Also, a limitation of HUTT is that the provoked syncope could be entirely different from the clinical one. Therefore, additional diagnostic testing that could provide further information about the syncope mechanism is warranted.11,13,20

Positive Adenosine Test with Cardiac Asystole >6 Seconds and High-degree Atrioventricular Block 25 Seconds

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ADT could have an additional role to HUTT in the diagnostic work-up of syncope. Although data from studies have failed to prove a consistent correlation between ADT and the rhythm disturbances occurring during spontaneous syncope, ADT can shed further light on the purinergic profile of syncopal patients and the results can have therapeutic implications.2,3

ADT could be used to complement HUTT in the following cases:

  • Women over 40 years with a normal heart and a short history of SUO without prodrome symptoms and sudden spells when upright, usually leading to injury. A positive ADT in this group of patients – especially in cases where there has been a negative HUTT – may reveal an adenosine sensitivity, which has implications for syncope management in this group, suggesting, for example, DDD pacing instead of conservative therapy.21–23
  • HUTT-positive patients with a strong cardio-inhibitory response. This mostly applies to patients over 40 years where pacemaker implantation could be an option. Although the best strategy in these patients is ILR implantation to confirm asystole during syncope, ADT could also play a supplementary role, especially in cases where ILR implantation is not a feasible option. A positive ADT could predict probable long pauses during spontaneous syncope, therefore supporting a decision on pacemaker implantation.16,24

Taken together, the above pieces of evidence may be interpreted as follows:

  • In cases with negative HUTT and negative ADT, the aetiology of syncope remains undetermined and monitoring and investigations should continue as required, while the diagnosis of reflex syncope cannot be excluded.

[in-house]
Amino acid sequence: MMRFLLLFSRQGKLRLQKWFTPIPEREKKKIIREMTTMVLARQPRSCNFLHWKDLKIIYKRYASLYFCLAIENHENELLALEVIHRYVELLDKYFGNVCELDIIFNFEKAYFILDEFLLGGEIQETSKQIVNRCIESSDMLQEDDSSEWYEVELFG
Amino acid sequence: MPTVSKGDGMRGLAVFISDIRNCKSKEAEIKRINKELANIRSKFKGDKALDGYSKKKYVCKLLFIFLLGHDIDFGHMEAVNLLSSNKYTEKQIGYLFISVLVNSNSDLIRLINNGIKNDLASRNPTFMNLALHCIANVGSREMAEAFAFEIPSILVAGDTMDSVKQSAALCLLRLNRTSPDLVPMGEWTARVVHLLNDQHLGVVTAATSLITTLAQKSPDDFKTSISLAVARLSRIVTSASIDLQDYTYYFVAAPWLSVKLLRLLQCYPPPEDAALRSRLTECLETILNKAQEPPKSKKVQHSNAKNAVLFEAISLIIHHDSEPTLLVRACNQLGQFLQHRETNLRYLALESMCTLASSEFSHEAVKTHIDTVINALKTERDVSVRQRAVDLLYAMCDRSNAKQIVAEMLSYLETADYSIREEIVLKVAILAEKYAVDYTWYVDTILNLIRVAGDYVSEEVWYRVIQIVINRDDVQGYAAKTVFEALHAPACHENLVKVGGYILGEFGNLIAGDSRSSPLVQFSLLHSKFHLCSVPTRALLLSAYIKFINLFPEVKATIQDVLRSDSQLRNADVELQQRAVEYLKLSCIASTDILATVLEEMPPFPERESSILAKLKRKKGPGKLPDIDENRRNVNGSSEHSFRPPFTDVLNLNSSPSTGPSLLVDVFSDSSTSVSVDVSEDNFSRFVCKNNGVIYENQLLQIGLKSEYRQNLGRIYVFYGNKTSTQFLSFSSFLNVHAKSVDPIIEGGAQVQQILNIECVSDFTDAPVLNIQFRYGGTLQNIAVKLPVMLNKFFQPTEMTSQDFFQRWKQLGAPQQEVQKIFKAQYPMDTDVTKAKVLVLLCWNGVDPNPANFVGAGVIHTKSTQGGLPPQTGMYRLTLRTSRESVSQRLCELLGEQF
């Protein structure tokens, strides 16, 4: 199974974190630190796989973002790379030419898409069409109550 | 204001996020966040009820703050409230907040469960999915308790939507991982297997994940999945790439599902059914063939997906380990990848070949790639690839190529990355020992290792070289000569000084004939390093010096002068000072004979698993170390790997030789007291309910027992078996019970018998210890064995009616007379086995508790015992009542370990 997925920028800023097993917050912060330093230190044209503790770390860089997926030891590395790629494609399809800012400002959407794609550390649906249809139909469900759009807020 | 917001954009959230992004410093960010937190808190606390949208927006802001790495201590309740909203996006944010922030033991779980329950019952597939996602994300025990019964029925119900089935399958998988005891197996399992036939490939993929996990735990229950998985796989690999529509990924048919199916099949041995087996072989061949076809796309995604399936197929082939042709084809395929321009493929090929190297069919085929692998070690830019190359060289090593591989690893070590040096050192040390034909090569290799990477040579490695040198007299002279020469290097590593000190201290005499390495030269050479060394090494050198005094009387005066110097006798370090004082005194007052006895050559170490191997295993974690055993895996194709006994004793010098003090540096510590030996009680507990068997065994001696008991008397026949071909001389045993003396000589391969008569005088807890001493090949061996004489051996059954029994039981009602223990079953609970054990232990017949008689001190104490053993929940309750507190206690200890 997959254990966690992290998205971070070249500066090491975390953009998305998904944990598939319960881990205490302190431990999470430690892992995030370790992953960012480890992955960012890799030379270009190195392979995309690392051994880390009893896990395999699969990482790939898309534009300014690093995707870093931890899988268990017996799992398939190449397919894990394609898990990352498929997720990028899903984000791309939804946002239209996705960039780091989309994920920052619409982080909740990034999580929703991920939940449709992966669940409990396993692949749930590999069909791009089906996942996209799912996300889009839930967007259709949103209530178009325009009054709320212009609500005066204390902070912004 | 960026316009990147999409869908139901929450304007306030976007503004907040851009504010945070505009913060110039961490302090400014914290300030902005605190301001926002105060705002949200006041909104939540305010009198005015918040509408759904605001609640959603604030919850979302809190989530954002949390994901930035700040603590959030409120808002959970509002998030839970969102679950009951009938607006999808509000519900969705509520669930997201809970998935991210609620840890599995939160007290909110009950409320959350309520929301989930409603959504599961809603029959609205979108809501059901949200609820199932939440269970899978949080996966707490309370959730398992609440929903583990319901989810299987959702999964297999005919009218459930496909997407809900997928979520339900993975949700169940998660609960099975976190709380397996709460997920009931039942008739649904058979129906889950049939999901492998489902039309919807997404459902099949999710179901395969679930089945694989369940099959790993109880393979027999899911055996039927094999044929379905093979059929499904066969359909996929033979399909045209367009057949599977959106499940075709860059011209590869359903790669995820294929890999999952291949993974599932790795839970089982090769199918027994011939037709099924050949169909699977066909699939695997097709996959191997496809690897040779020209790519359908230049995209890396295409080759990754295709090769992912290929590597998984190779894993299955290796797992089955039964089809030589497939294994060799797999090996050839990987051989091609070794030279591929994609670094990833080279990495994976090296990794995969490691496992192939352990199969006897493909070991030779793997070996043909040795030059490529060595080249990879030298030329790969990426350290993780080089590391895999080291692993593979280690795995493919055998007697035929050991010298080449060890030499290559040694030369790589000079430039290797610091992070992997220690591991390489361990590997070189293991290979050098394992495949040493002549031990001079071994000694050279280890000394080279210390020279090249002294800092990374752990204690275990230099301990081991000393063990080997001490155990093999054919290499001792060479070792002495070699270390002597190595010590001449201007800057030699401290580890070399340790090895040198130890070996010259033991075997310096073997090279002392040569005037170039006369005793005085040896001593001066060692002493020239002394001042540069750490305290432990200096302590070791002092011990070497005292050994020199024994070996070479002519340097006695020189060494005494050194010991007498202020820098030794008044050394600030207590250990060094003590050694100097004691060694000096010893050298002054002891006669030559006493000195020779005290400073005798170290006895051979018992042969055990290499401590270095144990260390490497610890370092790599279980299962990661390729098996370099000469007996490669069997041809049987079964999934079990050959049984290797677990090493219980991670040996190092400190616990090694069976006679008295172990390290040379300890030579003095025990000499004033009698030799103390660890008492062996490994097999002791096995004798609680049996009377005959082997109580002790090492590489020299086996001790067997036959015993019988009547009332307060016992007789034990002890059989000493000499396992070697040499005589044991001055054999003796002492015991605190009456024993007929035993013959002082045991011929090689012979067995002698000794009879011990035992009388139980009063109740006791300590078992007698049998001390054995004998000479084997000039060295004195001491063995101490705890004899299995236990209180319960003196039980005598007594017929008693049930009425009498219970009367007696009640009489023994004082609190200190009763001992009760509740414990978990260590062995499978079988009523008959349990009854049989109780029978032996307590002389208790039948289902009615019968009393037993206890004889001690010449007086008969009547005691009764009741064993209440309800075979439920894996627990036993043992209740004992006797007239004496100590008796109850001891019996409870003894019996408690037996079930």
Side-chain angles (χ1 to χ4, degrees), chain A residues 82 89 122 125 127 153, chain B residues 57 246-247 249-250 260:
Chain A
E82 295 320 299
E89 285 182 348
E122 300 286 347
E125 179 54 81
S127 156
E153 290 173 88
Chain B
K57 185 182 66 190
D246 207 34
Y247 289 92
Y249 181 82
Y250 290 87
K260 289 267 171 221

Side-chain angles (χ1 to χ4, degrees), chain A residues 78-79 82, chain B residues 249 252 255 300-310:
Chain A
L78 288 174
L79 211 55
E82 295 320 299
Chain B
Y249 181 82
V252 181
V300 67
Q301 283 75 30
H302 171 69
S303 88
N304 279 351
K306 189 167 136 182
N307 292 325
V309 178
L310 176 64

• In cases of negative HUTT and positive ADT, especially in women >40 years without prodromes, efforts should be made to document paroxysmal AV block which may then justify permanent pacing or, depending on AD levels, administration of xanthine derivatives.
  • In cases of positive HUTT advocating reflex syncope with a concomitant negative ADT, treatment should be tailored according to the severity and rate of recurrence of the episodes and also depending on the clinical phenotype (low blood pressure, prodromal symptoms, dominant cardioinhibition) and age, as per the ESC guidelines.13
  • In the subgroup of cases of positive HUTT and positive ADT, especially in cases of cardioinhibitory HUTT, an ILR implantation should be sought, but permanent pacing might be considered where this is not feasible.

Therapy Guided by the Adenosine Test

A major challenge regarding the ADT is the interpretation of a positive test result. It remains unclear whether a positive ADT indicates an underlying clinically significant cardioinhibitory NMS or unveils a mostly dormant conduction system disease that may spontaneously present with syncopal or presyncopal attacks.19 Some investigators support the concept of ADT unmasking idiopathic paroxysmal AV block, while other groups suggest that ADT can identify bradycardia-related pacing indications, such as sinus node disease and conduction system disease.11,21,25,26